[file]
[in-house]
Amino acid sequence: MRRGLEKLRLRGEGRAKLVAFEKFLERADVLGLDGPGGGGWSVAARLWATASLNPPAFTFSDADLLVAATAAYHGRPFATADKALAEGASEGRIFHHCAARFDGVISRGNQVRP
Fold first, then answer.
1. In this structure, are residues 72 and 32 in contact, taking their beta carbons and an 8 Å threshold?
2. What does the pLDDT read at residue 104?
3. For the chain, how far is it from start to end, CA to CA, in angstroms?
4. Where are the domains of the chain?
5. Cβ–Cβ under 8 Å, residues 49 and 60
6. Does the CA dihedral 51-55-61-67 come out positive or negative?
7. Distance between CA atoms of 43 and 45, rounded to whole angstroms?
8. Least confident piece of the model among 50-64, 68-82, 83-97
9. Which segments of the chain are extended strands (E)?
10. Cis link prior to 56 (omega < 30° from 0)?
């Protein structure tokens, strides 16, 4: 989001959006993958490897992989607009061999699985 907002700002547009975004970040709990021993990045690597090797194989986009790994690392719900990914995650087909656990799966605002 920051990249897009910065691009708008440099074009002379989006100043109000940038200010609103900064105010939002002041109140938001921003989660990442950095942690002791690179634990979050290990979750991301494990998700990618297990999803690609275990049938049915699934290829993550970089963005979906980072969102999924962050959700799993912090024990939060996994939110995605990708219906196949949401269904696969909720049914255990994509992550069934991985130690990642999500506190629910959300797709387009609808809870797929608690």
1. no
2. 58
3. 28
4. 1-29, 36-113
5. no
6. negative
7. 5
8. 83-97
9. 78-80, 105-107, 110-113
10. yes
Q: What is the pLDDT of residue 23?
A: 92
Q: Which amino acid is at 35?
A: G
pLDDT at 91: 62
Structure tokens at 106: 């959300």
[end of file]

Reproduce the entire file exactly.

[in-house]
Amino acid sequence: MRRGLEKLRLRGEGRAKLVAFEKFLERADVLGLDGPGGGGWSVAARLWATASLNPPAFTFSDADLLVAATAAYHGRPFATADKALAEGASEGRIFHHCAARFDGVISRGNQVRP
Fold first, then answer.
1. In this structure, are residues 72 and 32 in contact, taking their beta carbons and an 8 Å threshold?
2. What does the pLDDT read at residue 104?
3. For the chain, how far is it from start to end, CA to CA, in angstroms?
4. Where are the domains of the chain?
5. Cβ–Cβ under 8 Å, residues 49 and 60
6. Does the CA dihedral 51-55-61-67 come out positive or negative?
7. Distance between CA atoms of 43 and 45, rounded to whole angstroms?
8. Least confident piece of the model among 50-64, 68-82, 83-97
9. Which segments of the chain are extended strands (E)?
10. Cis link prior to 56 (omega < 30° from 0)?
């Protein structure tokens, strides 16, 4: 989001959006993958490897992989607009061999699985 907002700002547009975004970040709990021993990045690597090797194989986009790994690392719900990914995650087909656990799966605002 920051990249897009910065691009708008440099074009002379989006100043109000940038200010609103900064105010939002002041109140938001921003989660990442950095942690002791690179634990979050290990979750991301494990998700990618297990999803690609275990049938049915699934290829993550970089963005979906980072969102999924962050959700799993912090024990939060996994939110995605990708219906196949949401269904696969909720049914255990994509992550069934991985130690990642999500506190629910959300797709387009609808809870797929608690």
1. no
2. 58
3. 28
4. 1-29, 36-113
5. no
6. negative
7. 5
8. 83-97
9. 78-80, 105-107, 110-113
10. yes
Q: What is the pLDDT of residue 23?
A: 92
Q: Which amino acid is at 35?
A: G
pLDDT at 91: 62
Structure tokens at 106: 């959300």